Last week, while I was shopping for new trainers, I started thinking about some brands that do not have our best interests at heart. From Adidas standing by Kanye West's comments on slavery to Nike's (and so many other companies') misogyny culture, we keep supporting brands with ethics that go against everything that we stand for. I then realized that, in my closet, I have 6 pairs of Adidas trainers and 7 pairs of Nike trainers, which made me wonder: why am I still giving my hard-earned money to brands that do not represent me and what I believe in? So, instead of shopping those brands, I consciously supported a lesser known one.
It is true that causing controversy has helped the careers of so many people throughout history. It seems to be PR 101. Kanye does it, Trump does it, Lady Gaga did it, Madonna did it, Dali did it, Marilyn Monroe did it, and the more you go back, the more you realize that it has always been part of the celebrity toolkit. Mae West once wrote: "I don't care what the newspapers say about me as long as they spell my name right." But, one thing is causing controversy and another completely different thing is attacking a particular group.
You shouldn't expect women to buy your products when as an organisation you oppress them, the same way that you shouldn't expect women's support when you claim that they should be grabbed by their parts when they don't respond to your advances. Or expect black people to keep endorsing your products when you support slavery deniers, the same way that you shouldn't expect gay people to be religious when every single religion in the planet has discriminated them at some point.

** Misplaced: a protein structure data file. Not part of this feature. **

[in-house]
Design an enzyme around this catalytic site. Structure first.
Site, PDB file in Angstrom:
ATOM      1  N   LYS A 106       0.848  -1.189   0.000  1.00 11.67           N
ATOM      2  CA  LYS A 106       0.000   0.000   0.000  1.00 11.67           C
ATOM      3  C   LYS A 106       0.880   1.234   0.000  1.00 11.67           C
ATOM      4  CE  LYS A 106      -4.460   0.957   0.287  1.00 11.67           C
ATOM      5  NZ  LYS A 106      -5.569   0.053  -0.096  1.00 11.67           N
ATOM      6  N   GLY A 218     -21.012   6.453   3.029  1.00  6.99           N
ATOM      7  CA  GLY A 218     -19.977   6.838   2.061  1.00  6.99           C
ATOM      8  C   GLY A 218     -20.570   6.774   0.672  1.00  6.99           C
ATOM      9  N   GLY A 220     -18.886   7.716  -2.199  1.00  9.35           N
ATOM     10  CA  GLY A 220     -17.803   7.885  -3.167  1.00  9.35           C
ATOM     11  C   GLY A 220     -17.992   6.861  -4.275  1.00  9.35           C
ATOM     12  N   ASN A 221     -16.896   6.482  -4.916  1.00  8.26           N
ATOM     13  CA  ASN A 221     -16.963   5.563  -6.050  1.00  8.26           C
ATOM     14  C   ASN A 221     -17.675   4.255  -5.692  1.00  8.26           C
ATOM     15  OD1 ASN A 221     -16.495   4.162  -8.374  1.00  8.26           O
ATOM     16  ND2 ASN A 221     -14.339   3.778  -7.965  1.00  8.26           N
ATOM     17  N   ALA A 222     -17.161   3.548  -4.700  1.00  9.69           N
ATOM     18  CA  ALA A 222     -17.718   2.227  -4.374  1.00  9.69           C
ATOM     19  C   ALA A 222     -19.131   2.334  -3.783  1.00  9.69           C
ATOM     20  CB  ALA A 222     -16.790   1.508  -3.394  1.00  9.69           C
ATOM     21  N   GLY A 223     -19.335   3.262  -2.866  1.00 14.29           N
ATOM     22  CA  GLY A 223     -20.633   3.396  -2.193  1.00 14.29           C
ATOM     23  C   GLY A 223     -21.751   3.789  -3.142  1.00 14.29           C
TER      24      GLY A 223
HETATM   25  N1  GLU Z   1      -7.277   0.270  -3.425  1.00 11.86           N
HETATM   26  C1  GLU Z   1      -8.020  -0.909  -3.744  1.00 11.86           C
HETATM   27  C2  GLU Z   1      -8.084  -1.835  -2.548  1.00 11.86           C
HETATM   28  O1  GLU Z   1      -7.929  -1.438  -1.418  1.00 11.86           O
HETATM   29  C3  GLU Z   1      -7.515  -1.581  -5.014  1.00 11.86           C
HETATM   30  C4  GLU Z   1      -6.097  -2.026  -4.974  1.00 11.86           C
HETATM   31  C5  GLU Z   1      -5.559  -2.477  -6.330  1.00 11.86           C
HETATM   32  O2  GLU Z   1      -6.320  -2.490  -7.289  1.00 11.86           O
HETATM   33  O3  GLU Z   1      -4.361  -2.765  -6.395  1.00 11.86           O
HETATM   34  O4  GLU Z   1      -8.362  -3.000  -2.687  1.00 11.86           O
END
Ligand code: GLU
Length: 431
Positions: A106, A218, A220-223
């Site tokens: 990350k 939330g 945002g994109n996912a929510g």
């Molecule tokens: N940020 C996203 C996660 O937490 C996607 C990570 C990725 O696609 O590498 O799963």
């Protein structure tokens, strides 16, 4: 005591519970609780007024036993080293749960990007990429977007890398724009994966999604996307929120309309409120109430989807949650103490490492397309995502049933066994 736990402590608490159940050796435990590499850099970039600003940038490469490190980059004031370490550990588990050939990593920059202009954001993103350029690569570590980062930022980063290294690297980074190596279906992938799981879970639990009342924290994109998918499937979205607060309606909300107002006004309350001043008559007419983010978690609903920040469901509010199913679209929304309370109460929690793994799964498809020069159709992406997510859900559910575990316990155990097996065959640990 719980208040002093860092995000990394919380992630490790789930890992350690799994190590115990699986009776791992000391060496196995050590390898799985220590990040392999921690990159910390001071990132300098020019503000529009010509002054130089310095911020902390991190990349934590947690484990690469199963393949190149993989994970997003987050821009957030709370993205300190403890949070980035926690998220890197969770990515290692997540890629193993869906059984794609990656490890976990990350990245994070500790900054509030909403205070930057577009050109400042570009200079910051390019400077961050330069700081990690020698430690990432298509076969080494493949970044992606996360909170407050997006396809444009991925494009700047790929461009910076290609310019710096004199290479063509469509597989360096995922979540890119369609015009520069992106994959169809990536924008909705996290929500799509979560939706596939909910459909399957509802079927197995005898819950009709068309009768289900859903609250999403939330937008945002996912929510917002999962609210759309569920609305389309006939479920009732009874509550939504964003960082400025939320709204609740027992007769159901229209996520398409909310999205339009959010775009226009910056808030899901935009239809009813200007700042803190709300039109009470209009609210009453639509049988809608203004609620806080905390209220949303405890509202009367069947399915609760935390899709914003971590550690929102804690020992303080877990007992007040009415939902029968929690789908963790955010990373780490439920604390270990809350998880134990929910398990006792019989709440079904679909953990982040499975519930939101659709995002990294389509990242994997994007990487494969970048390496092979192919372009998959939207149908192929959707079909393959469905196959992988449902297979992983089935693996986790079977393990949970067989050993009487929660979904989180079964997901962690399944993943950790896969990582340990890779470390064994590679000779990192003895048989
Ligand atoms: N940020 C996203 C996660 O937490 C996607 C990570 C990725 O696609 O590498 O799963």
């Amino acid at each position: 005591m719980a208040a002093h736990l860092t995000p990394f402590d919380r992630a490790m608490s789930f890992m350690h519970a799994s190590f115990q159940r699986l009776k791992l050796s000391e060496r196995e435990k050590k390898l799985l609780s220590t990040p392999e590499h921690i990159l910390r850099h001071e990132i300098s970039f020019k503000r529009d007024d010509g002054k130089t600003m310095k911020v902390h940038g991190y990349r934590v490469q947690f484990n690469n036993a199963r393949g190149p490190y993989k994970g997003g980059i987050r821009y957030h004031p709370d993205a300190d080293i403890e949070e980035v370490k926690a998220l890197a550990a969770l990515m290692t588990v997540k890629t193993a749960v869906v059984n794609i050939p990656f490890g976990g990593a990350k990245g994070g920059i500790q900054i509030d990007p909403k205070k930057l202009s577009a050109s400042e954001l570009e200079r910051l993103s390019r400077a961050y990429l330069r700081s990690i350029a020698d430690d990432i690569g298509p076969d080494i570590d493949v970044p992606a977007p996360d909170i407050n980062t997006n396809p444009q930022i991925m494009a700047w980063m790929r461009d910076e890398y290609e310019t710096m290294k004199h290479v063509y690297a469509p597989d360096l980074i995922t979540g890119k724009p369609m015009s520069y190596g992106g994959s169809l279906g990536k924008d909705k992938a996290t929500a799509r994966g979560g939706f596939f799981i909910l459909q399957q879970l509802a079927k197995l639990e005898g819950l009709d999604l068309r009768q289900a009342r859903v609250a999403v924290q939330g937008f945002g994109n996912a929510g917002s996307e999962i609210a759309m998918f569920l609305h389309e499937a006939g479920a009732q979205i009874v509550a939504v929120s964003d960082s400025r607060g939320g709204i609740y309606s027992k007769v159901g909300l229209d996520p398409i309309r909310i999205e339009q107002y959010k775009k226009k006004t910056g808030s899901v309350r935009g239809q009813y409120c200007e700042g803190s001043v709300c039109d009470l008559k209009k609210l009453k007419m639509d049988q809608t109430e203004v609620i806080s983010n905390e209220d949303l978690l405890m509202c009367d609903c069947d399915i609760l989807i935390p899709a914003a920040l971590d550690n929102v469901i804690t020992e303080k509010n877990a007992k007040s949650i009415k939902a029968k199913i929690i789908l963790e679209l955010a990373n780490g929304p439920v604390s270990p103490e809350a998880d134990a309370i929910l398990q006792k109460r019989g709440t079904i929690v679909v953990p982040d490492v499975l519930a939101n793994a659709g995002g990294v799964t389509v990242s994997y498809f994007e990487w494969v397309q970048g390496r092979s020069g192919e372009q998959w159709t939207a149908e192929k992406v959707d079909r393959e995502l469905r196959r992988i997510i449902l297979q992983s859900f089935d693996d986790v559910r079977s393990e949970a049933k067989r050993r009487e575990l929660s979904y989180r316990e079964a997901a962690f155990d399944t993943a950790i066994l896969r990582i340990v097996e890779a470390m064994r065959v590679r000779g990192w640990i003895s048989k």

The irony in all this is that there are still women buying Nike products, black people wearing Adidas, women voting for the Trumps in the world and gay people supporting religions. I don't know if it's in our nature or if it's just that we are brainwashed from birth into condoning these practices. But, at some point, the cycle must be broken.
And I'm not writing this post trying to call for a boycott on any brand. Those boycotts don't really help, they just give brands free publicity, even if it's bad publicity (remember Mae West's quote). What I'm saying is that we should be more conscious about who we give our money to. Because money doesn't grow on trees (I know mine doesn't) and something doesn't feel right when we are working our lives away trying to make a respectable living, but then we give that money to companies that are not respectable at all.
Brand loyalty shouldn't just be about the quality of the products we buy or the customer experiences that these brands give us. It should also be about which brands reciprocate and are loyal to us as well. Because, in the end, the most important loyalty is the one that you have to yourself and your principles, and if a brand doesn't align with them it should be their loss, not yours. There are plenty brands out there to choose from, but there is only one You to buy from them.
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